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The Anna Livia monument has been a bone of contention for Dubliners since it was erected in 1988. Designed by Eamonn O'Doherty to mark Dublin's own millennium, the gushing water sculpture features the goddess of the river Liffey in a suggestive pose and was immediately christened "the floozy in the Jacuzzi" by general consensus. Today, it is (unfortunately) the popular hang-out for customers of the numerous fast-food restaurants that line this part of O'Connell Street. With the erection of the new Monument of Light in this space, the fountain will shortly be relocated to a new site.
O'Connell Street has been rejuvenated. The spire monument, erected in January 2003, has replaced the Nelson's Pillar, following the removal of the Anna Livia Monument. This symbolizes the spirit of a new Dublin and a time capsule has been put under the Spire, to mark its unveiling. But this is not all. The construction of the plaza surrounding the squire has begun, so tourists and locals can look forward to it.
An arterial road of the city, O'Connell Street marks the historical area of the city. Many ancient and architecturally-rich buildings line its route. The O'Connell Monument named after the national leader Daniel O'Connell, is a memorial that is found at one end of the street. The street has remained in existence since olden times and has served as a witness to major wars, gatherings and demonstrations. The annual St. Patrick's Day Parade also passes through this street.
In 1814, planning started for the construction of a Catholic Pro-Cathedral (provisional cathedral) for Dublin. The Anglican ruling class was outraged at the idea that it should be built in central O'Connell Street, so the cathedral was constructed on a back-street site, hidden away, out of view. Located on Marlborough Street, Irish Catholics flocked here to hear Mass from as early as 1825, before Catholic Emancipation was fully in effect. The facade is based on the Temple of Theseus in Athens. The interior is more austere but has a beautiful depiction of the Ascension carved above the high altar. St Mary's Pro-Cathedral is home to the famous Palestrina Choir, where tenor, John McCormack, began his career. You can hear the choir singing every weekly for the Sunday Mass.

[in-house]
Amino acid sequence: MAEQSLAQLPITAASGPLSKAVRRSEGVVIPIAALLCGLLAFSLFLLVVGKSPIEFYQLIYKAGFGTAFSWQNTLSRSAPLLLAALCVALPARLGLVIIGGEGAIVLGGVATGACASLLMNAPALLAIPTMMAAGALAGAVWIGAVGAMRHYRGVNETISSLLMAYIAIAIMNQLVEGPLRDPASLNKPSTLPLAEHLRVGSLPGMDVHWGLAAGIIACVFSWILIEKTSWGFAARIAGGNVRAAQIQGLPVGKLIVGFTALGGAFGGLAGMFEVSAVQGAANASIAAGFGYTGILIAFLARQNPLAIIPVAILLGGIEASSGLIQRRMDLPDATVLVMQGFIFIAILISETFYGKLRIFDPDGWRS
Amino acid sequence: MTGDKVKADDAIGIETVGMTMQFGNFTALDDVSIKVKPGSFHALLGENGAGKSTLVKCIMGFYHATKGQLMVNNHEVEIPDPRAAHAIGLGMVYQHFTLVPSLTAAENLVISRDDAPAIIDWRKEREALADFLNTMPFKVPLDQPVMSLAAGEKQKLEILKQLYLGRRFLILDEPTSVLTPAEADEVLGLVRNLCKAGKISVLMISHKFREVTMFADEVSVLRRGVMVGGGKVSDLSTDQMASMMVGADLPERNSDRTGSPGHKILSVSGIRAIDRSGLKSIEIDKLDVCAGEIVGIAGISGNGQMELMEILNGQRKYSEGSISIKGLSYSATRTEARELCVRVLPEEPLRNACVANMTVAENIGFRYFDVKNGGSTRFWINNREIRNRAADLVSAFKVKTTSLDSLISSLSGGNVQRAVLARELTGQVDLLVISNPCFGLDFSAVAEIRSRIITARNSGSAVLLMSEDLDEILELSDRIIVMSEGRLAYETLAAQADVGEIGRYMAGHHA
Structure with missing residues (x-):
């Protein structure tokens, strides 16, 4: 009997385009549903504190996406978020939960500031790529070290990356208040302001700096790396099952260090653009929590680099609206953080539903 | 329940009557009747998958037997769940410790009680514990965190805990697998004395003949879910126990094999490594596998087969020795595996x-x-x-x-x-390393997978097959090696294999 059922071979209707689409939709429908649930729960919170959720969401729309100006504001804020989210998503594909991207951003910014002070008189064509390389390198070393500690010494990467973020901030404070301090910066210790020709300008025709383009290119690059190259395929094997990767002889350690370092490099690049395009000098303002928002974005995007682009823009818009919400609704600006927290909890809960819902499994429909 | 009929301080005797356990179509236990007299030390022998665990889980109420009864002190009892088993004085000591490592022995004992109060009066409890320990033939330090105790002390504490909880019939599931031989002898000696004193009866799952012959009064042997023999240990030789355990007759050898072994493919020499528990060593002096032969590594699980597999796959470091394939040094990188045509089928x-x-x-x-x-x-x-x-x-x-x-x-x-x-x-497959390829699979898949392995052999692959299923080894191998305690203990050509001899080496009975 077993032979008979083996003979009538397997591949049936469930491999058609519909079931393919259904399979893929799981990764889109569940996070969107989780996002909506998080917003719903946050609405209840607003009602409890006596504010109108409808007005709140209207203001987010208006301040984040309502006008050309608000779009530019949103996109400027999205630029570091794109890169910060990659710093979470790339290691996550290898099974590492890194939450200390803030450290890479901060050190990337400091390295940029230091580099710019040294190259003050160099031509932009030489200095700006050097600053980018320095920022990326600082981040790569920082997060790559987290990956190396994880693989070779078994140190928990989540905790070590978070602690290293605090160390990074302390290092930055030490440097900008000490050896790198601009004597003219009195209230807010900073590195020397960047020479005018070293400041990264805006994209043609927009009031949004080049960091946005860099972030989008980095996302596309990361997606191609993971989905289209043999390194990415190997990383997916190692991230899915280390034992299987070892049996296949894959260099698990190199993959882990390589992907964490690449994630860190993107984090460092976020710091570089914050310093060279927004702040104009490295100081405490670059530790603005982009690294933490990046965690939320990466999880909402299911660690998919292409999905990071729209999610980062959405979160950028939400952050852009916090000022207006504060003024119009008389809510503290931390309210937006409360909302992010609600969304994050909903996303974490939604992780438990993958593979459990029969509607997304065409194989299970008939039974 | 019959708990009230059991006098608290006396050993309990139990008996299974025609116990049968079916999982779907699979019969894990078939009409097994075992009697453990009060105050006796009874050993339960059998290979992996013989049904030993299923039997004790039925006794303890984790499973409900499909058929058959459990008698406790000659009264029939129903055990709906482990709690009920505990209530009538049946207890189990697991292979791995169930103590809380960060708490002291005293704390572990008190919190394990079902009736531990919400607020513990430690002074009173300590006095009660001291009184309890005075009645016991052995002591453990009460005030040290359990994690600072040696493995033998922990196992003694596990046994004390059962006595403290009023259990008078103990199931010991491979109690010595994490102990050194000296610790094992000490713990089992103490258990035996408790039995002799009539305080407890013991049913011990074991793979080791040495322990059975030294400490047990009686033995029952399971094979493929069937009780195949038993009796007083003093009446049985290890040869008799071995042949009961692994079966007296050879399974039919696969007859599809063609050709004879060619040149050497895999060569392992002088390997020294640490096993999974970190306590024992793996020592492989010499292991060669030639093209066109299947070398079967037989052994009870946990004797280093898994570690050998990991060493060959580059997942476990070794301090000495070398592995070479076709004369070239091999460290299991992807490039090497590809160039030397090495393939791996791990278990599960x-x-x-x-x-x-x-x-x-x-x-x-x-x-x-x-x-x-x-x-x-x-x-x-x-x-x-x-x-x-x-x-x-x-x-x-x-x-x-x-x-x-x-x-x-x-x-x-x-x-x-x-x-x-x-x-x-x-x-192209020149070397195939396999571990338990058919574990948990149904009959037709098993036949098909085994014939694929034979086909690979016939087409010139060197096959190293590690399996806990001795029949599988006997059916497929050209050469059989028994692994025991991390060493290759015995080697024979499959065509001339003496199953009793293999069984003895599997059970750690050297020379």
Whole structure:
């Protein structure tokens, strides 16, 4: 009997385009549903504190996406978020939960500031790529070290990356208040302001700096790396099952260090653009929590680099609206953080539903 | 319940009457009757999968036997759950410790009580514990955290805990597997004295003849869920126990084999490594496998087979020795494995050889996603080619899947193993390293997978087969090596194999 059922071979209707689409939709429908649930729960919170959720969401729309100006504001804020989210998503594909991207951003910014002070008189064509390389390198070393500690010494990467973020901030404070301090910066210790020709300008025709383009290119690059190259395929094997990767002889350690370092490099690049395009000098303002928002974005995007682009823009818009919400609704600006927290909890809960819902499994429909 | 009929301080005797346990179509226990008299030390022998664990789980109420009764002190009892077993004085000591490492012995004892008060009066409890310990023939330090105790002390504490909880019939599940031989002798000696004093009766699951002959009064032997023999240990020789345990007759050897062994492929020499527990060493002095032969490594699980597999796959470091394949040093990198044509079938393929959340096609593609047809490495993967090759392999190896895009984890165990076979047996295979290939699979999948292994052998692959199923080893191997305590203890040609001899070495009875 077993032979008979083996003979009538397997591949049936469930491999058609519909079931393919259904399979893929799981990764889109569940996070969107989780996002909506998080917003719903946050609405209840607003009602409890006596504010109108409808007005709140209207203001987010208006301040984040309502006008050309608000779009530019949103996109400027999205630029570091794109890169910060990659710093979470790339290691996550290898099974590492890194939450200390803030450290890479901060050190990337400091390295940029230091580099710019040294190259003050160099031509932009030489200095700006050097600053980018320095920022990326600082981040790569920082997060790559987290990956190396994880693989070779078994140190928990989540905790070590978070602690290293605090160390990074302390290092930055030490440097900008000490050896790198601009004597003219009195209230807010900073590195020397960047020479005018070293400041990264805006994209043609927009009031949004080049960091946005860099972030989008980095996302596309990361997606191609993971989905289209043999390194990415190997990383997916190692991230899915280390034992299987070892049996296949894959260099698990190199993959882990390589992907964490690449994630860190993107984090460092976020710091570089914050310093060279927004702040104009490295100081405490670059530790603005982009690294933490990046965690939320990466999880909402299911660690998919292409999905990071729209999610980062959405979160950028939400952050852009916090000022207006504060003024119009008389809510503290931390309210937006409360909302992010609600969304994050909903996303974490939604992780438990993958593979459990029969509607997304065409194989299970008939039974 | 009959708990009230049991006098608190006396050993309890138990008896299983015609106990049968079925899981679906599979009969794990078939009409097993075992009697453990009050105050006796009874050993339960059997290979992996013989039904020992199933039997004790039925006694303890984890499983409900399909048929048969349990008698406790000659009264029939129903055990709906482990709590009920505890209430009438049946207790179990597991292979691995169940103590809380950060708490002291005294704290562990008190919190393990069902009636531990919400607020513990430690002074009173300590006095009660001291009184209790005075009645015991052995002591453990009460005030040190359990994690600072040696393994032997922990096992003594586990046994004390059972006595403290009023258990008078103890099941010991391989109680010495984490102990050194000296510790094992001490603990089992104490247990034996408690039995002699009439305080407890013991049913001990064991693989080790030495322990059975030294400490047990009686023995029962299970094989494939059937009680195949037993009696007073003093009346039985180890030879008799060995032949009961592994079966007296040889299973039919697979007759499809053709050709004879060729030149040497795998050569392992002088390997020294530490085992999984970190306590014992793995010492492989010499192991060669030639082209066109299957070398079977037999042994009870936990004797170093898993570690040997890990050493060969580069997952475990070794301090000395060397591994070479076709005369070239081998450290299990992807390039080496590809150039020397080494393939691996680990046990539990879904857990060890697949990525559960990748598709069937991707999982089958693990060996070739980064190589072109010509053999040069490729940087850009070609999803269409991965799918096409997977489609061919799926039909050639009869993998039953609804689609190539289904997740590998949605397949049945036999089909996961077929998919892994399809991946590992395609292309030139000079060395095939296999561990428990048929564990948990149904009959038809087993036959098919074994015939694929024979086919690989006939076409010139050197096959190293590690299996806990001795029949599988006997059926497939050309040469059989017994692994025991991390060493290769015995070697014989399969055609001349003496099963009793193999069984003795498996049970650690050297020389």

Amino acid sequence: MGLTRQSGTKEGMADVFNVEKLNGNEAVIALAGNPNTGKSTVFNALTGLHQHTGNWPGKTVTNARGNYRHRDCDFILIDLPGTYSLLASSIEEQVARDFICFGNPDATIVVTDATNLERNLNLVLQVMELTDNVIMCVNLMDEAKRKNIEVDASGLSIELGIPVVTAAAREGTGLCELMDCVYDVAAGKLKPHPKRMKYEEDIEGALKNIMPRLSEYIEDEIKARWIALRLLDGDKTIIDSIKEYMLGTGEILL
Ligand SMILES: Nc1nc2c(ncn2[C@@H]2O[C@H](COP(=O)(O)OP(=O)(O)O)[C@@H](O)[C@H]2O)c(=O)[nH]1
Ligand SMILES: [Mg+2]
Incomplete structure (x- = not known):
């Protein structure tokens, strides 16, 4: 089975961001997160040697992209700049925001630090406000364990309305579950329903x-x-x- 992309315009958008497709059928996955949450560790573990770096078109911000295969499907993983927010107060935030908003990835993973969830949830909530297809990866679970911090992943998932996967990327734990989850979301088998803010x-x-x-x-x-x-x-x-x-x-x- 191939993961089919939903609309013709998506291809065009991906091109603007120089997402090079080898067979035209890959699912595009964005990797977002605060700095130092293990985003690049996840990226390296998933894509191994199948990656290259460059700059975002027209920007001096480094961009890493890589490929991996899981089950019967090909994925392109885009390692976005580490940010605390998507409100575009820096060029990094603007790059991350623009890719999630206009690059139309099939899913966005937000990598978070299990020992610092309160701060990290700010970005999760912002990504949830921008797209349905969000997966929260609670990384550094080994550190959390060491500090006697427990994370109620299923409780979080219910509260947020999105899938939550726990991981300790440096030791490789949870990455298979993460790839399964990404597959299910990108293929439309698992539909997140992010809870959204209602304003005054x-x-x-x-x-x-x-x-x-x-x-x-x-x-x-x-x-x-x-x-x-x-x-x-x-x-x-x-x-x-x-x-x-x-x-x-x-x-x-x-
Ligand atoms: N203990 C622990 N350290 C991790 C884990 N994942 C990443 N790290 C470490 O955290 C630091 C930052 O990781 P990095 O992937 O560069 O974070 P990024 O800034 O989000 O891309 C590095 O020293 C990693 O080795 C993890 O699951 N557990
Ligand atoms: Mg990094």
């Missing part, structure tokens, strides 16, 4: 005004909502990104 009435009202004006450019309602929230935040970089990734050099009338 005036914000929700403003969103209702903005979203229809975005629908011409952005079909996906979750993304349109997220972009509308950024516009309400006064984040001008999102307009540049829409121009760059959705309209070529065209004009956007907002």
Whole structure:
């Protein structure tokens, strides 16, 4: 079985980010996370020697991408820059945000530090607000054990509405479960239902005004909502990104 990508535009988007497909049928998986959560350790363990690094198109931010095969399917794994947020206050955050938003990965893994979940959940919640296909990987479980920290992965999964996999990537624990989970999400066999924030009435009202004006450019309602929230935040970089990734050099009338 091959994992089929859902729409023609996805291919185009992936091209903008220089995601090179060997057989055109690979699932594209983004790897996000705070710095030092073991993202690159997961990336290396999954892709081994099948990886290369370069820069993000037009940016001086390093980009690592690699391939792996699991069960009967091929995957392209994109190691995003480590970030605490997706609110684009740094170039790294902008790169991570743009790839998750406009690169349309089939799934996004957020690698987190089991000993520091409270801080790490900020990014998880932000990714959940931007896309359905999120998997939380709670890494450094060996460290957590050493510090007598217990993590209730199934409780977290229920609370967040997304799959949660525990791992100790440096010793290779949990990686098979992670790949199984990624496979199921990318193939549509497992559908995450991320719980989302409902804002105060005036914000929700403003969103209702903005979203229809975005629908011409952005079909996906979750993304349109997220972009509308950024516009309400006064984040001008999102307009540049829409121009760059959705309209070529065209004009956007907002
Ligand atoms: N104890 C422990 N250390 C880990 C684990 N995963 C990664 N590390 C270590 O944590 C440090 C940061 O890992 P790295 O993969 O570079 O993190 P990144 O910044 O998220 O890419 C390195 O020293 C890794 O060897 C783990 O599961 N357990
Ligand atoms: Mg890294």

The shopping street in the northern part of the city offers a range of fashion boutiques and shopping centres.
Founded in 1904 by W.B. Yeats and Lady Gregory, the Abbey is Ireland's national theater and remains a crucial promoter of established and emerging Irish playwrights. The theater's early years saw much controversy: the 1926 premiere of O'Casey's 'The Plough and the Stars' upset nationalist sensibilities and provoked Yeats to personally rebuke the audience, who felt offended by the depiction of the 1916 nationalist movement. Although generally less controversial these days, new Irish plays are still staged in the basement theater, the Peacock. The theater's Abbey Street premises has been open since 1961, but changes are afoot. The management is currently considering a move south of the river.